Durango & Silverton Narrow Gauge Railroad & Museum - Perhaps the most famous of all Colorado railroad trips, the Durango & Silverton links the famous southwestern Colorado town of Durango with the mining town of Silverton. In the 1950s and 60s, the Rio Grande's days of narrow gauge railroading were winding down. Highways and airways sapped nearly all traffic from the line, yet one particular stretch of narrow gauge was experiencing a growth of passenger traffic. A small train run once a week called the Silverton Mixed began to experience a boom of railfans interested in riding and seeing the beauty of the very scenic line. It was the future of the railroad. Over the next two decades, the Rio Grande developed the train, expanding service to daily trains and then running them in sections. By the time the Rio Grande sold the line in 1980, the Durango train was well established, not just in the world of railfans, but in the general tourism landscape.

Today, even the most jaded tourist will still look up from their laptop and latte to see the black engine trailing a string of Grande-gold cars behind it. It is a pretty sight, one that has repeated itself up to four times a day on the rails that follow the Animas River between Durango and Silverton.
While the line makes its money hauling tourists, it also acknowledges the railfans and "rivet counters" with an annual "Railfest" that includes specials such the RGS Goose No. 5 and the wood-burning Eureka 4-4-0 from the Eureka & Palisade. This year, the Railfest will be held August 23-27. There is also a fall photo special on September 23-24.

A run to Silverton and back is an all-day affair. While the coaches are historically accurrate -- some of the rolling stock dates back to before 1900 -- with two-and-two seating, they are not especially accommodating. Lucius Beebe wrote that using the restrooms onboard was a feat that would have amused Houdini. He wasn't far off. With luggage racks that are hardly more than ornamental, the coaches have only one place to store any gear, beneath your seat. Additionally, the windows do not loan themselves to pictures and riders are frequently seen "dogging" out the windows to get a shot of the Animas Canyon scenery.
Those desperate to get a shot from one of the cars' platforms will be disappointed to find an attendant shooing them off. The camera hounds are much better off reserving a seat aboard one of the gondolas or aboard the new Silver Vista. Lunch can be packed or purchased in one of the restaurants in Silverton. Some of the restaurants have character, others have little more than burgers and rushing waitstaff. Either way, there is little chance that you'll miss your ride back to Silverton; the engine will whistle loud enough to make the hillsides echo for seconds afterward. Visitors to Silverton might be surprised to find that the town was once served by no less than four railroads at one time, each built to haul ore and supplies. Today, the mines are all closed down and the Durango & Silverton is the town's main reason to exist.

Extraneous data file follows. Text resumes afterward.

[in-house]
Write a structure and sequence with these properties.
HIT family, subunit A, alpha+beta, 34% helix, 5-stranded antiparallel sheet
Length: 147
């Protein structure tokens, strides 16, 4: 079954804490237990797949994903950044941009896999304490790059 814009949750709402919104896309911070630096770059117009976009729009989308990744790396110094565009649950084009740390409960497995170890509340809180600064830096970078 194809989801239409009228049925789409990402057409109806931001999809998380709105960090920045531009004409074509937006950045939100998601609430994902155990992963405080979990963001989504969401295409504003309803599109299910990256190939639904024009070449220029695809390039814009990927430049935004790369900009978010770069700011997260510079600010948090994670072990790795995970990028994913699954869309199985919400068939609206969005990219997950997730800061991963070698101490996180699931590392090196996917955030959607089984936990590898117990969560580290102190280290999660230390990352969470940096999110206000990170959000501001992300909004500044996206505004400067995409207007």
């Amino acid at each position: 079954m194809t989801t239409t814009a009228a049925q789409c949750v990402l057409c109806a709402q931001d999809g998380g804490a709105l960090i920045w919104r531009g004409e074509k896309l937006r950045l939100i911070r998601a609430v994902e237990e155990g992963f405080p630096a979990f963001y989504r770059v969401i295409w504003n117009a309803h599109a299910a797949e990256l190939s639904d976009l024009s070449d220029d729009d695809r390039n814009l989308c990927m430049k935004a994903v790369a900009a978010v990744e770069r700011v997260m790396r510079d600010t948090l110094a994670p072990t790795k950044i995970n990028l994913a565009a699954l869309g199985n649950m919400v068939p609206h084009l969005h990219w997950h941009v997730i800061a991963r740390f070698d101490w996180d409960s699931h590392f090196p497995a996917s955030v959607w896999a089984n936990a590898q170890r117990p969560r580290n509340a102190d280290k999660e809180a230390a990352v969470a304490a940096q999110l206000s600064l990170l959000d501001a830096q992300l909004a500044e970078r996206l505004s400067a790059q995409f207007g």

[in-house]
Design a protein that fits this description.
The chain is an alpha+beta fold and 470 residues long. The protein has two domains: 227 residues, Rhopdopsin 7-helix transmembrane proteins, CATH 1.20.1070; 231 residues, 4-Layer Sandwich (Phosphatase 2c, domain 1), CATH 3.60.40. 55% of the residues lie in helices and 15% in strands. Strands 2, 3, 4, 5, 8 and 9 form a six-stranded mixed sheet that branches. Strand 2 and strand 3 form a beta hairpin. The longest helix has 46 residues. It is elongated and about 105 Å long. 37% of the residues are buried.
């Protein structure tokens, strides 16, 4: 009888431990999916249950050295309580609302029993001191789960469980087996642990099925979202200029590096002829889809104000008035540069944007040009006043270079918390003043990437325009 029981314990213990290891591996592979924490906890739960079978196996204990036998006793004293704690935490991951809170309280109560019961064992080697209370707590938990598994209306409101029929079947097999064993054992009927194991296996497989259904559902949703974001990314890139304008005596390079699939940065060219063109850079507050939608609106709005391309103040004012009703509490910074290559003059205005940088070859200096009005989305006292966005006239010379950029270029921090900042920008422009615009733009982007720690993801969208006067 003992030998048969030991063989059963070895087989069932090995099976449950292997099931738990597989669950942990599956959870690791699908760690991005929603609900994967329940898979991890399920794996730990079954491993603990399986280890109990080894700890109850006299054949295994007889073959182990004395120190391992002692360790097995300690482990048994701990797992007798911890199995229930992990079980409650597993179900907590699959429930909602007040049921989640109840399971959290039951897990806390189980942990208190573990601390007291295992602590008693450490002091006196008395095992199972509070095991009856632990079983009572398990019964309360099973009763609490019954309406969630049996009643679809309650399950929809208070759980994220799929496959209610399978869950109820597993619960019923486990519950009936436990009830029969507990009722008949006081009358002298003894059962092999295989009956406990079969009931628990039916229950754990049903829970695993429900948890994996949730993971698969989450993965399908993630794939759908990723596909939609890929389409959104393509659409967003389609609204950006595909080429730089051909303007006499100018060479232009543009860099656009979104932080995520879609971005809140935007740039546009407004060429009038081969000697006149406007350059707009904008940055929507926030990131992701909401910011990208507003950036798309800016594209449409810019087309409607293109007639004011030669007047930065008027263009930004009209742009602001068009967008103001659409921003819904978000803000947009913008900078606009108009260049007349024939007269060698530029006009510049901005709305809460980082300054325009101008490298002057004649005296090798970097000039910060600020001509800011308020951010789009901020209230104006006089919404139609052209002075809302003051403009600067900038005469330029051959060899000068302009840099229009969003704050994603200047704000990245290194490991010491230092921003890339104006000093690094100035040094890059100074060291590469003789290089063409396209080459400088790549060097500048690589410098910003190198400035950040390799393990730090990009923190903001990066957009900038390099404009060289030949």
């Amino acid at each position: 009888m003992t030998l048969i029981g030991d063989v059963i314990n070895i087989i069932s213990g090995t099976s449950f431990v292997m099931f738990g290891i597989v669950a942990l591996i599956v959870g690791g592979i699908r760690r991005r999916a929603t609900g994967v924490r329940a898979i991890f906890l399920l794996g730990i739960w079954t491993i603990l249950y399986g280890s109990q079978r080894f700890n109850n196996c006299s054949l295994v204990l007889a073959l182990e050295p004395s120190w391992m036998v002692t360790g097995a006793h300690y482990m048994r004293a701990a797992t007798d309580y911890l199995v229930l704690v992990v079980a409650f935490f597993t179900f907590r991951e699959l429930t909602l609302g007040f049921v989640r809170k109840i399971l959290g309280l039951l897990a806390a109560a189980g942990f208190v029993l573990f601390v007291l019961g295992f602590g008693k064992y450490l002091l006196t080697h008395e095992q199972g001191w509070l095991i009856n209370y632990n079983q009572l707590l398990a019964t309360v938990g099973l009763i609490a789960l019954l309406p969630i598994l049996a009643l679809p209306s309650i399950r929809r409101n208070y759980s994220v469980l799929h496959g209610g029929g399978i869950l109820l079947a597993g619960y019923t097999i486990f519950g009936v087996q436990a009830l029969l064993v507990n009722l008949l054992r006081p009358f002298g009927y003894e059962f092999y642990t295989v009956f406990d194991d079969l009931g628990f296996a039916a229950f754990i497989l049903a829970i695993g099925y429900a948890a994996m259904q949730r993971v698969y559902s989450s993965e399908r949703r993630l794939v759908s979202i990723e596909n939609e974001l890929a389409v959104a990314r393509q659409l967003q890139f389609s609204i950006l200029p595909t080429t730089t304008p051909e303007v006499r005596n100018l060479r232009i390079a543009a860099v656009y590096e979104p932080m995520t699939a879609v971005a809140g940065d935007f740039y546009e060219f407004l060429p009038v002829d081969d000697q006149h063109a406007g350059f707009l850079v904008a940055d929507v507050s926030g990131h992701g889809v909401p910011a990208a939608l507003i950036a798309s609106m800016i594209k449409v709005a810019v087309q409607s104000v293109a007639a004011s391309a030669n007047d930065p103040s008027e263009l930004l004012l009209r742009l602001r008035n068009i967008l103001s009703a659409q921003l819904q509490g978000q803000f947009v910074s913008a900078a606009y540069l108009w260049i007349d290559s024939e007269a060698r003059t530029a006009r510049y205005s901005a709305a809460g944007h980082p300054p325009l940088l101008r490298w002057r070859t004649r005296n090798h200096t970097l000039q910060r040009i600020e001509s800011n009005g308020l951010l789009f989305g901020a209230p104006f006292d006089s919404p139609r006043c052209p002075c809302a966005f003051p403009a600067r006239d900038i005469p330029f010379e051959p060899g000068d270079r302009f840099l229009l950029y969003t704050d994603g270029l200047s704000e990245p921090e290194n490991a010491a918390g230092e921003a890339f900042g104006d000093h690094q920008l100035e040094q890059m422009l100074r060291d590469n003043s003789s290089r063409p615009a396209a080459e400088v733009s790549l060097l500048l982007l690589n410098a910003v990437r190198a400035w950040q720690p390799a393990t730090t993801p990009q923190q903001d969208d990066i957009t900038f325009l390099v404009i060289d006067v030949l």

Tickets to ride a typical summer train are $62 for adults and $31 for children ages 5-11. Returning by motorcoach from Silverton to Durango are $7 more, which is a real consideration for parents of small children who by 2 PM are pretty tired of riding. It's possible -- but not probable -- to get in a motorcoach on standby. Premium tickets for First Class and Presidential Class are $109 and $129 respectively.

The Durango & Silverton is quintessentially Colorado: historic, scenic, colorful, and a little touristy. It's a memorable experience to ride on the High Line above the deepest parts of the Animas Canyon and quite a beautiful ride, with scenery not seen any other way.
Railroad Adventures visits to this location in 2005 and 1992.

Galloping Goose Historical Society of Dolores - In the 1930s, the Rio Grande Southern had to get inventive to survive the Great Depression. Among other cost saving measures, rail busses were constructed out of old automobiles and freight cars to give the RGS its fleet of Galloping Geese. In 1952, after the railroad finally dissolved, the RGS donated Galloping Goose No. 5 to the town of Dolores. In 1998, volunteers with the Galloping Goose Historical Society of Dolores restored the Goose. Because none of the RGS route between Ridgway and Durango survives, the society has taken to running the Goose on non-native, yet scenic rails of the Durango & Silverton and the Cumbres & Toltec. While the Goose is on display at the depot between these runs, and while there is an interior display at the depot with artifacts from the RGS, no website is available to give hours or information. E-mails should be directed to There was a plan in 2001 to run track 9 miles out of Dolores for the Goose to have its own track, but nothing more has come of it.
One loyal fan at has committed several pages to the wanderings of this Goose.

Other posts in this series:

Operation Lifesaver Photos

Thought the Ski Train isn't scheduled to begin service to Winter Park until July 15, Operation Lifesaver made use of Ansco's equipment to take a run up the Moffat Tunnel Route to Steamboat Springs on June 8th. Kevin Morgan has two photos of the run at Blue Mountain and Coal Creek Canyon's approach to Tunnel 1.

Peeking Under The Wrapper

Were you one of those kids that peeked under the wrappings at Christmastime? Well, someone posted a photo on of the DRGW Heritage Unit to be unveiled next week in Denver (see previous post). Yeah, I know it's still wrapped, but I definitely see some paint peeking through on the pilot and crew ladders. It's going to be hard waiting for Saturday.